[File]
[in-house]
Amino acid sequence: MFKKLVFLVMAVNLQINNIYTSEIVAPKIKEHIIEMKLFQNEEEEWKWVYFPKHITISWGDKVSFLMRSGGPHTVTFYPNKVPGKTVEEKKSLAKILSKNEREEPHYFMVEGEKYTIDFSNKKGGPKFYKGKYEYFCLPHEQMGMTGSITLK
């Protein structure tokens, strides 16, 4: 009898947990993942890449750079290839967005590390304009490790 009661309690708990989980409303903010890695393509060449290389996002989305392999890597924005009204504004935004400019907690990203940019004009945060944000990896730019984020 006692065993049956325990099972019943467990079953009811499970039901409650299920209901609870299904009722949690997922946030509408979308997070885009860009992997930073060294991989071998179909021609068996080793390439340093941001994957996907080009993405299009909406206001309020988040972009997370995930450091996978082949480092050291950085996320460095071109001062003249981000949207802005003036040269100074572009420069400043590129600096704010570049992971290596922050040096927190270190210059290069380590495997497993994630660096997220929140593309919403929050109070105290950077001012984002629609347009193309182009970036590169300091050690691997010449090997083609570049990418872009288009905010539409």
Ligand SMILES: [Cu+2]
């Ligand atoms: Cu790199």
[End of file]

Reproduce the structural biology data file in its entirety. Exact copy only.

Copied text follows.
[in-house]
Amino acid sequence: MFKKLVFLVMAVNLQINNIYTSEIVAPKIKEHIIEMKLFQNEEEEWKWVYFPKHITISWGDKVSFLMRSGGPHTVTFYPNKVPGKTVEEKKSLAKILSKNEREEPHYFMVEGEKYTIDFSNKKGGPKFYKGKYEYFCLPHEQMGMTGSITLK
């Protein structure tokens, strides 16, 4: 009898947990993942890449750079290839967005590390304009490790 009661309690708990989980409303903010890695393509060449290389996002989305392999890597924005009204504004935004400019907690990203940019004009945060944000990896730019984020 006692065993049956325990099972019943467990079953009811499970039901409650299920209901609870299904009722949690997922946030509408979308997070885009860009992997930073060294991989071998179909021609068996080793390439340093941001994957996907080009993405299009909406206001309020988040972009997370995930450091996978082949480092050291950085996320460095071109001062003249981000949207802005003036040269100074572009420069400043590129600096704010570049992971290596922050040096927190270190210059290069380590495997497993994630660096997220929140593309919403929050109070105290950077001012984002629609347009193309182009970036590169300091050690691997010449090997083609570049990418872009288009905010539409």
Ligand SMILES: [Cu+2]
């Ligand atoms: Cu790199």